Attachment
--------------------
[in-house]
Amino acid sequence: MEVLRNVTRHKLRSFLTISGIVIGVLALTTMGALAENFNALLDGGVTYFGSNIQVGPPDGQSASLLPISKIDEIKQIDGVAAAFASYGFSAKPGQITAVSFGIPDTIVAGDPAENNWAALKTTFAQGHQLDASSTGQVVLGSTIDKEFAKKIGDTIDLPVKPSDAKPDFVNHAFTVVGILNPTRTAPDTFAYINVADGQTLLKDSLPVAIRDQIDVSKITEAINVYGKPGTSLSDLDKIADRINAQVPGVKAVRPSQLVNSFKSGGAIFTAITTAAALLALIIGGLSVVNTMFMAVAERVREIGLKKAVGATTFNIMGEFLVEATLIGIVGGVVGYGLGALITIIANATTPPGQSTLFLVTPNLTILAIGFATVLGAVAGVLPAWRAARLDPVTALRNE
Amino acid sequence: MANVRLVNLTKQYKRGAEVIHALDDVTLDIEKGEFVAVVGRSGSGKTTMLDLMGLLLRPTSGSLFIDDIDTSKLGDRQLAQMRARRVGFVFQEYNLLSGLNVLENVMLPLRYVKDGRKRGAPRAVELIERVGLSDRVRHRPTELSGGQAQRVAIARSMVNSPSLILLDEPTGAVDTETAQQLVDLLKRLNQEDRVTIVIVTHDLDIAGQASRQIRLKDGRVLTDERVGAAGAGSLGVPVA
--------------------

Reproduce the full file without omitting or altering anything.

[in-house]
Amino acid sequence: MEVLRNVTRHKLRSFLTISGIVIGVLALTTMGALAENFNALLDGGVTYFGSNIQVGPPDGQSASLLPISKIDEIKQIDGVAAAFASYGFSAKPGQITAVSFGIPDTIVAGDPAENNWAALKTTFAQGHQLDASSTGQVVLGSTIDKEFAKKIGDTIDLPVKPSDAKPDFVNHAFTVVGILNPTRTAPDTFAYINVADGQTLLKDSLPVAIRDQIDVSKITEAINVYGKPGTSLSDLDKIADRINAQVPGVKAVRPSQLVNSFKSGGAIFTAITTAAALLALIIGGLSVVNTMFMAVAERVREIGLKKAVGATTFNIMGEFLVEATLIGIVGGVVGYGLGALITIIANATTPPGQSTLFLVTPNLTILAIGFATVLGAVAGVLPAWRAARLDPVTALRNE
Amino acid sequence: MANVRLVNLTKQYKRGAEVIHALDDVTLDIEKGEFVAVVGRSGSGKTTMLDLMGLLLRPTSGSLFIDDIDTSKLGDRQLAQMRARRVGFVFQEYNLLSGLNVLENVMLPLRYVKDGRKRGAPRAVELIERVGLSDRVRHRPTELSGGQAQRVAIARSMVNSPSLILLDEPTGAVDTETAQQLVDLLKRLNQEDRVTIVIVTHDLDIAGQASRQIRLKDGRVLTDERVGAAGAGSLGVPVA